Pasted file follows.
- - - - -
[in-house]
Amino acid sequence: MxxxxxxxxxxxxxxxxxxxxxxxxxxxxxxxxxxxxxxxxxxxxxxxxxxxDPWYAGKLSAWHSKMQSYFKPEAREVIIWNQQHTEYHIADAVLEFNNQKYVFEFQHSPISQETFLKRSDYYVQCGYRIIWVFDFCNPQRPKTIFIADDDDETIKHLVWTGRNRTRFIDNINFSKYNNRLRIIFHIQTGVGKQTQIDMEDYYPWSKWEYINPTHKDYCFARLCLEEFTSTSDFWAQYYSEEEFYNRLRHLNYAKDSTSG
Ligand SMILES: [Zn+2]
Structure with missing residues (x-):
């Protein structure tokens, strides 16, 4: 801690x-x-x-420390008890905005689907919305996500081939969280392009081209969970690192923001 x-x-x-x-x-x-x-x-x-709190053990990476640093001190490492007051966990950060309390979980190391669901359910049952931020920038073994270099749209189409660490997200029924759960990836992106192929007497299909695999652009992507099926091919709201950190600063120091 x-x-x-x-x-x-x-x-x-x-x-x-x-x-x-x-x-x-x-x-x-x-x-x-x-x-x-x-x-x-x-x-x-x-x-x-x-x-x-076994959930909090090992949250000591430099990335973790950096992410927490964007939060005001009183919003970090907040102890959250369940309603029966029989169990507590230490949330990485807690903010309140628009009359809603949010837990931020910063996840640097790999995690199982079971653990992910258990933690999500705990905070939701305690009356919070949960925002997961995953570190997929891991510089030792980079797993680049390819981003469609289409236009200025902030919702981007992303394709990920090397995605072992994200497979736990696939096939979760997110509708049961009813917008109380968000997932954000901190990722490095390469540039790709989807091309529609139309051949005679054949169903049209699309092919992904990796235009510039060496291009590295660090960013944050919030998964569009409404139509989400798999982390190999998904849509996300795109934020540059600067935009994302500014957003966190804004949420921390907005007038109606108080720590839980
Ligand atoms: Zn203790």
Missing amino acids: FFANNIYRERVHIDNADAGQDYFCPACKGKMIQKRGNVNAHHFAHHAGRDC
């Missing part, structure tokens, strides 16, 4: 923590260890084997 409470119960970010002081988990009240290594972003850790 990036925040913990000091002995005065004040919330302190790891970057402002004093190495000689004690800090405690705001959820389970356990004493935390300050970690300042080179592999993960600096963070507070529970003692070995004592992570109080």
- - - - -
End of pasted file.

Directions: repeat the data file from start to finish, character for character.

[in-house]
Amino acid sequence: MxxxxxxxxxxxxxxxxxxxxxxxxxxxxxxxxxxxxxxxxxxxxxxxxxxxDPWYAGKLSAWHSKMQSYFKPEAREVIIWNQQHTEYHIADAVLEFNNQKYVFEFQHSPISQETFLKRSDYYVQCGYRIIWVFDFCNPQRPKTIFIADDDDETIKHLVWTGRNRTRFIDNINFSKYNNRLRIIFHIQTGVGKQTQIDMEDYYPWSKWEYINPTHKDYCFARLCLEEFTSTSDFWAQYYSEEEFYNRLRHLNYAKDSTSG
Ligand SMILES: [Zn+2]
Structure with missing residues (x-):
């Protein structure tokens, strides 16, 4: 801690x-x-x-420390008890905005689907919305996500081939969280392009081209969970690192923001 x-x-x-x-x-x-x-x-x-709190053990990476640093001190490492007051966990950060309390979980190391669901359910049952931020920038073994270099749209189409660490997200029924759960990836992106192929007497299909695999652009992507099926091919709201950190600063120091 x-x-x-x-x-x-x-x-x-x-x-x-x-x-x-x-x-x-x-x-x-x-x-x-x-x-x-x-x-x-x-x-x-x-x-x-x-x-x-076994959930909090090992949250000591430099990335973790950096992410927490964007939060005001009183919003970090907040102890959250369940309603029966029989169990507590230490949330990485807690903010309140628009009359809603949010837990931020910063996840640097790999995690199982079971653990992910258990933690999500705990905070939701305690009356919070949960925002997961995953570190997929891991510089030792980079797993680049390819981003469609289409236009200025902030919702981007992303394709990920090397995605072992994200497979736990696939096939979760997110509708049961009813917008109380968000997932954000901190990722490095390469540039790709989807091309529609139309051949005679054949169903049209699309092919992904990796235009510039060496291009590295660090960013944050919030998964569009409404139509989400798999982390190999998904849509996300795109934020540059600067935009994302500014957003966190804004949420921390907005007038109606108080720590839980
Ligand atoms: Zn203790």
Missing amino acids: FFANNIYRERVHIDNADAGQDYFCPACKGKMIQKRGNVNAHHFAHHAGRDC
């Missing part, structure tokens, strides 16, 4: 923590260890084997 409470119960970010002081988990009240290594972003850790 990036925040913990000091002995005065004040919330302190790891970057402002004093190495000689004690800090405690705001959820389970356990004493935390300050970690300042080179592999993960600096963070507070529970003692070995004592992570109080």